The car park is empty from 8 pm onwards.

    Cheers: Jaq.
     
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  11. If you need practice on roundabouts, come to Canberra. We have plenty to spare
    :LOL:
     
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  12. I guess the only other thing to say is that it's all about the interaction between the lean and the power... The throttle and clutch have *so* much to do with low speed turning on a bike, and it really is a bit of a 'feel thing' that (yep, here it comes) only develops with practice. Jaq's suggestion sounds like a fantastic way to get that practice safely.
     
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  13. I have always found that the key to roundabouts (like any corner) is getting into the appropriate gear before entering it. Also remember to look where you want to go, sounds like common sense but it is doubly important on a roundabout because they can be fairly tight.
     
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  14. Yes having driven manual cars (on a track as well) I know the importance about chosing the right gear, but on the bike I come in too slow for 2nd, and the 1st is too jumpy :)

    And also, I do realise that cluth and trottle really go hand in hand at slow speed, but that's something I have to get smooth at. Gloves aren't helping, and frozen fingers with no feel in them - even less so.

    Thanks for the link duncanp, I will try some of that tonight. Last night, having all the roads to myself (heh) I tried positioning the bike at different angles when starting at T intersections, but haven't found one that works for me yet :) There's time ;)

    Thanks guys for all your responses.
     
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  15. Also try looking up... keep your eyes on where you want to go and not on the ground in front of you, it will eventually come natural, but will help in smoothing out a turning curve...
     
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  16. +1 to Jaqhama - it's all about the carpark practice sessions. Do small, tight circles as slowly as you can, in both directions, at constnat speed without putting your foot down. Do figure eights. Do emergency stops and side-to-side weaves. It's the best way to boost your low-speed confidence - which has a huge impact on your confidence at higher speeds.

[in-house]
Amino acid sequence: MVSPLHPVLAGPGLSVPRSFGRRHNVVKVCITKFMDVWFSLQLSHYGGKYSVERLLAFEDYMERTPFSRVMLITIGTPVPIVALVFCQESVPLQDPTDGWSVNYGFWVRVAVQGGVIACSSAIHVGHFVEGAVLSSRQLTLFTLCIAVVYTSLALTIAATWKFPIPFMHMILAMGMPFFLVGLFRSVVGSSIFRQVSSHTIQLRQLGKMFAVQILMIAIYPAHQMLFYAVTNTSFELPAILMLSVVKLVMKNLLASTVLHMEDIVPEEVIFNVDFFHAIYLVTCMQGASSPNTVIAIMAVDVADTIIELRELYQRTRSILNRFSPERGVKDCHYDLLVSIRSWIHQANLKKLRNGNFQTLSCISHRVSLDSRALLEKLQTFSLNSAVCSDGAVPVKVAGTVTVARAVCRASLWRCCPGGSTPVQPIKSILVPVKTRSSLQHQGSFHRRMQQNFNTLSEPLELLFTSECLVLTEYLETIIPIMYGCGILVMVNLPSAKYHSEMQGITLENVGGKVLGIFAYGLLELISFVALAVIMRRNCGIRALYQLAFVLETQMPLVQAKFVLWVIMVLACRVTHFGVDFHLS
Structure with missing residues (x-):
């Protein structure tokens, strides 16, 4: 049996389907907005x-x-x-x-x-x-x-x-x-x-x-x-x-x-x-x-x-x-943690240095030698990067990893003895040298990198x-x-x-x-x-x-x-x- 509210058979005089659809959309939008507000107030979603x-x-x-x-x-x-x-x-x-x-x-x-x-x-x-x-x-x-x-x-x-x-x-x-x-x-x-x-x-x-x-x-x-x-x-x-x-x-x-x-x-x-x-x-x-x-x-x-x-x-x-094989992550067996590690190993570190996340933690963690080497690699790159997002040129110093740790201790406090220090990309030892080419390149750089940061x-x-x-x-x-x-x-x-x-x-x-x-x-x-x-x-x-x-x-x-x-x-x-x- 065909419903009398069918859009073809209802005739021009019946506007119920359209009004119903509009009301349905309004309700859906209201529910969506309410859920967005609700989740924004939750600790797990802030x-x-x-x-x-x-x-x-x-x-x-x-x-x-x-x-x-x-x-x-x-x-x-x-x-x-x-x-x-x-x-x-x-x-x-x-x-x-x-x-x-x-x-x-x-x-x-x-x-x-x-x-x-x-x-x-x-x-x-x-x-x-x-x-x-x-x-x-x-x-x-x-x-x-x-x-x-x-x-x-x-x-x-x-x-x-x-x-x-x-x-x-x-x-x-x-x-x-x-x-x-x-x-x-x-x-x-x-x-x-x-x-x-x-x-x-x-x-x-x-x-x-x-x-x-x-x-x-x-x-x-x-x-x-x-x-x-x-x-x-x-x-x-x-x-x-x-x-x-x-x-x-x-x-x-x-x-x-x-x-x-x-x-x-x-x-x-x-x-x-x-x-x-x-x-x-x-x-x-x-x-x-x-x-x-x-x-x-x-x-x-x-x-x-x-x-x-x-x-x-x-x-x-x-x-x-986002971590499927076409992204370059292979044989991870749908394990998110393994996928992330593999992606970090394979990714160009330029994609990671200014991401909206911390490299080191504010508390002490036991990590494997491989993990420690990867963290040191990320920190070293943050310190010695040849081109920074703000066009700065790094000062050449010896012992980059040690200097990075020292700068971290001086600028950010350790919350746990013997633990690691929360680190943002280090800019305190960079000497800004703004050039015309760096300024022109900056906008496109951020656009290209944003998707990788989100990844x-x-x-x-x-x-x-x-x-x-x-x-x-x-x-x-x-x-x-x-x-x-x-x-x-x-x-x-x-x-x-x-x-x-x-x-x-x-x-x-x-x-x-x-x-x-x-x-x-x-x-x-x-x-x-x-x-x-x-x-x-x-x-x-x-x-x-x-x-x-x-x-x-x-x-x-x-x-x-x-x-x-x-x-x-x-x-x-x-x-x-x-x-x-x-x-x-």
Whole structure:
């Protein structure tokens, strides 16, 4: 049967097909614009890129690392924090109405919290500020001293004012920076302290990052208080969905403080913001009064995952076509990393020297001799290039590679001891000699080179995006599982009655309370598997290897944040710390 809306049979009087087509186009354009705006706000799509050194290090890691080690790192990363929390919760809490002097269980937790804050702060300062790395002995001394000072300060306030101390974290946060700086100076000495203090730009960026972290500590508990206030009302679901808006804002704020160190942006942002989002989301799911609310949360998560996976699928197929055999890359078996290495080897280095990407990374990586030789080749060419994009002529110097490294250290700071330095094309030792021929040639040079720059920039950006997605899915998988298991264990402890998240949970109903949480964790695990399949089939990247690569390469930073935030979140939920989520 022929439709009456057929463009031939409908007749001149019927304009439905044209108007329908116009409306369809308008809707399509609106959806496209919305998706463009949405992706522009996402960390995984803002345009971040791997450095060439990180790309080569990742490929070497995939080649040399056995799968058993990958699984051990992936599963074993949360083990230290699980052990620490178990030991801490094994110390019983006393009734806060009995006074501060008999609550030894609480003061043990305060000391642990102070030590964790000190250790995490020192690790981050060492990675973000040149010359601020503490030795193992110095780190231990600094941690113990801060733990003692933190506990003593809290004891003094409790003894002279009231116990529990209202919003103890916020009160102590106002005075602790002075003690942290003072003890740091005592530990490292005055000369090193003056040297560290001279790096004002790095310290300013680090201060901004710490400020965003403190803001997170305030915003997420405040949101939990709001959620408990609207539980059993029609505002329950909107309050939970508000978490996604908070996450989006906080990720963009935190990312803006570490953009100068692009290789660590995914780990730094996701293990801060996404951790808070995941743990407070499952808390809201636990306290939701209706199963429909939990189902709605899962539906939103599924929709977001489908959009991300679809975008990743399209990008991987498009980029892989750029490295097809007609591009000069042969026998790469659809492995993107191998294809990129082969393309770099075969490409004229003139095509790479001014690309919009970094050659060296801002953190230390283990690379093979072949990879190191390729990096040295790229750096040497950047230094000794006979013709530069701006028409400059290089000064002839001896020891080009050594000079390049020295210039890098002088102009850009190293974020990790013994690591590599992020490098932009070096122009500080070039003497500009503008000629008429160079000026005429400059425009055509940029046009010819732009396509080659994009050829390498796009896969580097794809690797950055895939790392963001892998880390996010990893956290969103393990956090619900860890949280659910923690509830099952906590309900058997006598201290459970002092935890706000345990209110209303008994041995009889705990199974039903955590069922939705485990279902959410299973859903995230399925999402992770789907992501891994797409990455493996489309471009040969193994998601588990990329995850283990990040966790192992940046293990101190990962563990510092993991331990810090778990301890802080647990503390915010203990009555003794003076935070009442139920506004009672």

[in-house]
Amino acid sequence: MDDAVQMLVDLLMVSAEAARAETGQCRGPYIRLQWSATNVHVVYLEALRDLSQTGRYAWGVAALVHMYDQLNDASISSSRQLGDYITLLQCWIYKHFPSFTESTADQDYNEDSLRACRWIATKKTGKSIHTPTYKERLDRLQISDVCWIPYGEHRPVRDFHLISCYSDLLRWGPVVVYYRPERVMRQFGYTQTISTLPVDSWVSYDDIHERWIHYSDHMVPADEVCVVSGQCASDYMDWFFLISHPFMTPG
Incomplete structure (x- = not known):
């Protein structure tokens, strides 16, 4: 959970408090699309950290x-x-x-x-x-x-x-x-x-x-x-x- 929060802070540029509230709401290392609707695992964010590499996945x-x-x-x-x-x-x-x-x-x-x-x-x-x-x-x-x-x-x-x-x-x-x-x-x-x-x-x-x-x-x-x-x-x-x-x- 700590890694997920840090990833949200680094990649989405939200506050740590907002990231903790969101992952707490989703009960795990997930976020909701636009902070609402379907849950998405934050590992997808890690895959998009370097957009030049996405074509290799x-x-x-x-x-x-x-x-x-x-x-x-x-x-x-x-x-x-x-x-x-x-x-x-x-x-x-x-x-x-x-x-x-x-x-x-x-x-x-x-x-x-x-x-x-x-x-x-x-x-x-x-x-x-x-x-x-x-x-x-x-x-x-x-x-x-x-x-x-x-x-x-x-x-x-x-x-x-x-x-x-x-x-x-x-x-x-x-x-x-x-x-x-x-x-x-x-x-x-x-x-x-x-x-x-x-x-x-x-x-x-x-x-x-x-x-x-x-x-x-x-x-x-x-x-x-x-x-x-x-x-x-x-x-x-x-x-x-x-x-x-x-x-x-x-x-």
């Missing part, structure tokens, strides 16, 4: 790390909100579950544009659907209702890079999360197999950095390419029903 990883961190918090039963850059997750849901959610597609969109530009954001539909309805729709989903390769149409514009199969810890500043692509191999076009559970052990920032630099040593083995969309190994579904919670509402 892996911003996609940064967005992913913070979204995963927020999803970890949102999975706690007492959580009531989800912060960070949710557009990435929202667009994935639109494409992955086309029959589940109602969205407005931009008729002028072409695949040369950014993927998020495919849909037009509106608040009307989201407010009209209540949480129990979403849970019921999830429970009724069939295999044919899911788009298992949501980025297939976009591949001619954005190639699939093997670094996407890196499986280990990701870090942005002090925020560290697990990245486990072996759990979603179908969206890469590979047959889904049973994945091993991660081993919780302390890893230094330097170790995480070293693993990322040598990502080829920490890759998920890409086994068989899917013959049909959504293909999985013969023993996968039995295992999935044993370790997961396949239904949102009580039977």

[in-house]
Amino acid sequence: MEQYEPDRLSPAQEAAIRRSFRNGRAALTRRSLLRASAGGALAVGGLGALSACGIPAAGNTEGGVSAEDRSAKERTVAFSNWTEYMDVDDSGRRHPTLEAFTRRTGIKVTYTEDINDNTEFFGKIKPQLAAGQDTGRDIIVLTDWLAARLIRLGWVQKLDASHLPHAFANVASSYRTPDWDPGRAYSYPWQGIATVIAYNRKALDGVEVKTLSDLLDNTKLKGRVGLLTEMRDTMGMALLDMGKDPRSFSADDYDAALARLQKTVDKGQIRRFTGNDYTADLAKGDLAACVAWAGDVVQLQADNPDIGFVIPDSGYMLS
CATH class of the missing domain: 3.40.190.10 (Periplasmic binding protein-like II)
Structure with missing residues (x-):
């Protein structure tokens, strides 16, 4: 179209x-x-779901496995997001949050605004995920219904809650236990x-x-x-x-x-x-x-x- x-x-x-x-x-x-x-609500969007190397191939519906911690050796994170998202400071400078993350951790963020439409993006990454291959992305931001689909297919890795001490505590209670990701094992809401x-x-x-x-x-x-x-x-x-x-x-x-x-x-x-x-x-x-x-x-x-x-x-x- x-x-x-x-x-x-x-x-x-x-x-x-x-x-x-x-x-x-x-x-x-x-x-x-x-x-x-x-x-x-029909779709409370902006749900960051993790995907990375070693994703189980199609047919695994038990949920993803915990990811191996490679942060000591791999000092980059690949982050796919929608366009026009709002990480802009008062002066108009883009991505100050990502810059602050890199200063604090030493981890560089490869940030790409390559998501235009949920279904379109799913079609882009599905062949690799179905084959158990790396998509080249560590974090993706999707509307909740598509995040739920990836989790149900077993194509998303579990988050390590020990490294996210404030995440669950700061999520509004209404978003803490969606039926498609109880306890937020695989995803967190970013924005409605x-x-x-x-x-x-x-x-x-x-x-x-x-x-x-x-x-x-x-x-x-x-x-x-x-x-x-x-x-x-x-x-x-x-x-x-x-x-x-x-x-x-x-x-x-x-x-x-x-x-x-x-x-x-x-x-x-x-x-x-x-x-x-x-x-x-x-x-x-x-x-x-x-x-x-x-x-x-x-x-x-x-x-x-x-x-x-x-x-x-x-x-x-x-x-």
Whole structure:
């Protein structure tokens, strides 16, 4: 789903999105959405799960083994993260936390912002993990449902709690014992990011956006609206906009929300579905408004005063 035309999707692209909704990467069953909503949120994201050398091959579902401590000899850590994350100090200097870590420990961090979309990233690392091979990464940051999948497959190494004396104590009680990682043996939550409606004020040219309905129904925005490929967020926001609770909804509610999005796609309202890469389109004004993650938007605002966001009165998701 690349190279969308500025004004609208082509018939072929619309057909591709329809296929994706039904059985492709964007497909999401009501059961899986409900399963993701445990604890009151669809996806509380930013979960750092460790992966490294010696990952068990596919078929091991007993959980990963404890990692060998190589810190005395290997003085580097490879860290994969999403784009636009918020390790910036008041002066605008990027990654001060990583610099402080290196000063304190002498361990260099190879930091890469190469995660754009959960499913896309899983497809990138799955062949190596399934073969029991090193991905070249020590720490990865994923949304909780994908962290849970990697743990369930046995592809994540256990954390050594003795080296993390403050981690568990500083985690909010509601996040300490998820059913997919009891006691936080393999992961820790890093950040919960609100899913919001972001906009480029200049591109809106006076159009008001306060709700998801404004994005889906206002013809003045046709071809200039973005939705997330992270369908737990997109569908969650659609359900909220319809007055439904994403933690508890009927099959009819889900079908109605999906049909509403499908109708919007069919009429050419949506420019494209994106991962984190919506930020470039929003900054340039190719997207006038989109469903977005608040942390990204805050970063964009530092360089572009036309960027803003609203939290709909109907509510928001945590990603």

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  17. One more here saying hit the carpark for some slow speed practice. It's really the best was to practice slow speed cornering in a controled environment.

    When you are in a roundabout, remember eveything you've heard/read/seen about the unpredictability of them (and the stupidity of drivers) and take it easy. I'm still surpised how often I have to stop or swerve because someone doesn't bother to give way. I tend to just idle through in 2nd, feathering the rear brake and keeping a finger or two over the front on the ready in traffic. :)
     
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  18. I will do the carpark as well then. Nothing better than being relaxed knowing there's nothing around that can harm me - except myself ;)

    Yea Seany that's what I did last night. Well really, that's what I do in the car as well. Slow down even if no cars around, you never know if the one that has to give way will even bother stopping, seen them fly thru too many times.

    Hey another thing I forgot about. I stopped at a light and after waiting couple minutes, and it didnt change, I crawled forward onto the white stripe and waited, then rolled back and approaced the strip from another angle - still no green light. Then, since I was riding aimlessly anyway, didn't wanna run red and turned around and rode back the way I cam from. But what do you do if the sensors don't detect you??
     
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  19. That happens to me sometimes at the same damn set of lights on the Great Eastern Highway Bypass, in Perth. Usually a car turns up and triggers them, but a couple of times I have had to dismount and push the bike across on the pedestrian crossing.
     
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  20. Oh no :) So pushing it thru the pedestrian crossing and then getting back on it and riding away isn't a traffic offense?

    Coz with my luck, cops will be chilling just around the corner and will bust me if i decided to go thru red. But i'm just wondering if pushing it thru would still be "running red light"?